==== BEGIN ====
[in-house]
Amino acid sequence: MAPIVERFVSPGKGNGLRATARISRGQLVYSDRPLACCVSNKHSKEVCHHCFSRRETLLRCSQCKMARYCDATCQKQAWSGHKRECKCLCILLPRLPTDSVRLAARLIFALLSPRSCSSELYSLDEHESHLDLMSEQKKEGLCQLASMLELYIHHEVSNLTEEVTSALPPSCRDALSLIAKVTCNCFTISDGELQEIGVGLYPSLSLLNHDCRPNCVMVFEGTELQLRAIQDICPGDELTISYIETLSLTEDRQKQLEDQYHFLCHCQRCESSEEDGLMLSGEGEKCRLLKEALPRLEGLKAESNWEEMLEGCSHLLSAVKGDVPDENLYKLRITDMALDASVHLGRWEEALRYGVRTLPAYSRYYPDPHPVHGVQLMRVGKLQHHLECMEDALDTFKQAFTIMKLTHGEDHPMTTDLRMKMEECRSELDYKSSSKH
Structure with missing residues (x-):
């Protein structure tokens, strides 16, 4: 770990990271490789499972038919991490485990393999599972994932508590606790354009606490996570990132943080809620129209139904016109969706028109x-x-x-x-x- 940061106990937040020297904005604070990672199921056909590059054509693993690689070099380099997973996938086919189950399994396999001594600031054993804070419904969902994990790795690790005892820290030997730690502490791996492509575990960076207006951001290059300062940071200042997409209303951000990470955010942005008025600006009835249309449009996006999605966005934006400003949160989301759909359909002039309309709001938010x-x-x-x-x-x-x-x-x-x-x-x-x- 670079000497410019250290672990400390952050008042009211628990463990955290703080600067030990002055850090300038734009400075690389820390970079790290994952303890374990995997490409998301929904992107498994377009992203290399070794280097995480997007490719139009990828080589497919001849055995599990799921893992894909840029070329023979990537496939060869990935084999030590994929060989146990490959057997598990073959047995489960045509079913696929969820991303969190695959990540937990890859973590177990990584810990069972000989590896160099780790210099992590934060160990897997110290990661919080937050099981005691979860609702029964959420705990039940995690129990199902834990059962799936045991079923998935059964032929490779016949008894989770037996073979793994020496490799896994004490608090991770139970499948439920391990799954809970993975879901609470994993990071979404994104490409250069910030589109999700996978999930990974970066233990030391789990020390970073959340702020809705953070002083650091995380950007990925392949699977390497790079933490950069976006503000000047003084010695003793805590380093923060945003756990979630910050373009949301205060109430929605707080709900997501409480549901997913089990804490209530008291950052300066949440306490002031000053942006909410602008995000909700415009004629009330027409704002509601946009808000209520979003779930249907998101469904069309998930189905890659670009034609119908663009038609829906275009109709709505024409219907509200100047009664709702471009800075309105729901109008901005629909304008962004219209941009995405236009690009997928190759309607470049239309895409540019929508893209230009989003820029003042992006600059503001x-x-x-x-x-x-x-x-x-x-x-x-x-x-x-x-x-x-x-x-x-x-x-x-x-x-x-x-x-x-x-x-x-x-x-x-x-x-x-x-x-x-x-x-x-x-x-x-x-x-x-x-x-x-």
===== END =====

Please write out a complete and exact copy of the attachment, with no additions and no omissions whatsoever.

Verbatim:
[in-house]
Amino acid sequence: MAPIVERFVSPGKGNGLRATARISRGQLVYSDRPLACCVSNKHSKEVCHHCFSRRETLLRCSQCKMARYCDATCQKQAWSGHKRECKCLCILLPRLPTDSVRLAARLIFALLSPRSCSSELYSLDEHESHLDLMSEQKKEGLCQLASMLELYIHHEVSNLTEEVTSALPPSCRDALSLIAKVTCNCFTISDGELQEIGVGLYPSLSLLNHDCRPNCVMVFEGTELQLRAIQDICPGDELTISYIETLSLTEDRQKQLEDQYHFLCHCQRCESSEEDGLMLSGEGEKCRLLKEALPRLEGLKAESNWEEMLEGCSHLLSAVKGDVPDENLYKLRITDMALDASVHLGRWEEALRYGVRTLPAYSRYYPDPHPVHGVQLMRVGKLQHHLECMEDALDTFKQAFTIMKLTHGEDHPMTTDLRMKMEECRSELDYKSSSKH
Structure with missing residues (x-):
């Protein structure tokens, strides 16, 4: 770990990271490789499972038919991490485990393999599972994932508590606790354009606490996570990132943080809620129209139904016109969706028109x-x-x-x-x- 940061106990937040020297904005604070990672199921056909590059054509693993690689070099380099997973996938086919189950399994396999001594600031054993804070419904969902994990790795690790005892820290030997730690502490791996492509575990960076207006951001290059300062940071200042997409209303951000990470955010942005008025600006009835249309449009996006999605966005934006400003949160989301759909359909002039309309709001938010x-x-x-x-x-x-x-x-x-x-x-x-x- 670079000497410019250290672990400390952050008042009211628990463990955290703080600067030990002055850090300038734009400075690389820390970079790290994952303890374990995997490409998301929904992107498994377009992203290399070794280097995480997007490719139009990828080589497919001849055995599990799921893992894909840029070329023979990537496939060869990935084999030590994929060989146990490959057997598990073959047995489960045509079913696929969820991303969190695959990540937990890859973590177990990584810990069972000989590896160099780790210099992590934060160990897997110290990661919080937050099981005691979860609702029964959420705990039940995690129990199902834990059962799936045991079923998935059964032929490779016949008894989770037996073979793994020496490799896994004490608090991770139970499948439920391990799954809970993975879901609470994993990071979404994104490409250069910030589109999700996978999930990974970066233990030391789990020390970073959340702020809705953070002083650091995380950007990925392949699977390497790079933490950069976006503000000047003084010695003793805590380093923060945003756990979630910050373009949301205060109430929605707080709900997501409480549901997913089990804490209530008291950052300066949440306490002031000053942006909410602008995000909700415009004629009330027409704002509601946009808000209520979003779930249907998101469904069309998930189905890659670009034609119908663009038609829906275009109709709505024409219907509200100047009664709702471009800075309105729901109008901005629909304008962004219209941009995405236009690009997928190759309607470049239309895409540019929508893209230009989003820029003042992006600059503001x-x-x-x-x-x-x-x-x-x-x-x-x-x-x-x-x-x-x-x-x-x-x-x-x-x-x-x-x-x-x-x-x-x-x-x-x-x-x-x-x-x-x-x-x-x-x-x-x-x-x-x-x-x-």